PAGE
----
U.S. & World Coin News and Articles

Collectors Universe Rare Coin Experts Identify and Authenticate Missing 1913 Liberty Head Nickel

Close up of the 1913 Liberty Head nickel owned by George Walton of North Carolina, and moments after it was authenticated as genuine during the American Numismatic Association's World's Fair of Money(R) convention in Baltimore. (Photo by Donn Pearlman)
 
Close up of the 1913 Liberty Head nickel owned by George Walton of North Carolina, and moments after it was authenticated as genuine during the American Numismatic Association's World's Fair of Money(R) convention in Baltimore. (Photo by Donn Pearlman)

NEWPORT BEACH, Calif., July 31, 2003 — Collectors Universe, Inc. (NasdaqNM: CLCT), the leading provider of value-added grading and authentication services and auction services to dealers and collectors of high-end collectibles, today announced that experts from the Company's rare coin authentication, grading and auction divisions have examined and authenticated the fifth known 1913 Liberty Head Nickel. David Hall, president of Professional Coin Grading Service (PCGS) and Paul Montgomery, president of rare coin auction division Bowers and Merena Galleries were among the numismatic experts responsible for the discovery and certification of the 1913 nickel specimen early in the morning of July 30. The famous coin was last seen by collectors four decades ago.

Montgomery and the Bowers and Merena team had offered a $1 million reward for the discovery and purchase of the famous coin, and had offered an additional $10,000 to be the first to view it. The famous rare coin was brought to the American Numismatic Association (ANA) Convention of coin collectors, which opened yesterday in Baltimore, Maryland. Relatives of the late North Carolina coin dealer George Walton decided to bring the coin for inspection after learning of the Bowers and Merena reward offers. They had been uncertain of the coin's authenticity since Walton's death in 1962 and had stored it in a hall closet since that time. Six experts from PCGS and Bowers and Merena, present at the ANA Convention, examined the specimen, and comparing it to the remaining four documented Liberty Head Nickels, declared the coin to be genuine.

"The 40-year mystery is finally solved," said David Hall, president of Collectors Universe and PCGS. "The discovery of this famous coin is a historic event and we are thrilled to be a part of both the determination of authenticity and the celebration that is following. Participation by both PCGS and Bowers and Merena in this rare coin discovery underscores the leadership, expertise and prominence that the Collectors Universe brands bring to the world of collecting and authentication."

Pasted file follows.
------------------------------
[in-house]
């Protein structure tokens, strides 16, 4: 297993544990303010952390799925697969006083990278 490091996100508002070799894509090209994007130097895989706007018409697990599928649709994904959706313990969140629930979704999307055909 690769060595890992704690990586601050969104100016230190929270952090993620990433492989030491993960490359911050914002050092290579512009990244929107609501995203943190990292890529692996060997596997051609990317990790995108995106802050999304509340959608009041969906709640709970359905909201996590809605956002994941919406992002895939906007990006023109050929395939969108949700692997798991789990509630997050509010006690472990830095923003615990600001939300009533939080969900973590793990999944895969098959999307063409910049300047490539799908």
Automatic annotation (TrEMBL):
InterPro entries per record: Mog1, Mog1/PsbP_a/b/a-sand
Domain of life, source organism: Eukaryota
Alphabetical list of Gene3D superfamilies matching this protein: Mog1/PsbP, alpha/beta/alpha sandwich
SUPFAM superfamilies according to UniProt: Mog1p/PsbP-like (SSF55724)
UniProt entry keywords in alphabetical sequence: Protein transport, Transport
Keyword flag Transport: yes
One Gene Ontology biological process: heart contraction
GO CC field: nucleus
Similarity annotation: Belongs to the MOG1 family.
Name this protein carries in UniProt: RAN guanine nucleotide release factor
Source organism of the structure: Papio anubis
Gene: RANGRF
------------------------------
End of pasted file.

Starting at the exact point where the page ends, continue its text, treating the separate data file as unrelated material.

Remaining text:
"This is a wonderful way to celebrate the 90th anniversary of this historic coin," added Paul Montgomery of Bowers and Merena. "We feel privileged to be a part of this story and to have examined first-hand the unprecedented value of the 1913 Liberty Head Nickel."

An interview with rare coin expert Paul Montgomery is scheduled for NBC's 'Today' Show between 7:00 a.m. and 9:00 a.m. today, July 31, 2003. Bowers and Merena President Paul Montgomery is also a member of the Board of The Professional Numismatist Guild, widely regarded as the most esteemed coin dealer organization in the industry.

History of the Liberty Head Nickel

Liberty Head Nickels were minted from 1883 to 1912. In 1913, five Liberty nickels were minted illegally by U.S. Mint official Samuel K. Brown, but they were not put into circulation. Not of standard issue, the 1913 Liberty nickels were considered illegal currency, and became a classic among numismatists. Beginning in 1913, the Indian or Buffalo Nickel became the regular nickel issue, replacing the Liberty Head Nickels.

The Eliasberg specimen of the 1913 Liberty nickel, sold at a Bowers and Merena auction in 1996 for $1,485,000, was the first rare coin to ever be sold for more than $1 million. The reward for the fifth missing Liberty Head Nickel was based on the 1996 auction. Today, two of the five Liberty Head Nickels are in private collections and two are in museums. The owners of the recently discovered fifth specimen, have accepted the $10,000 reward for first viewing and are consulting with the Bowers and Merena experts about the possible disposition of the rare coin.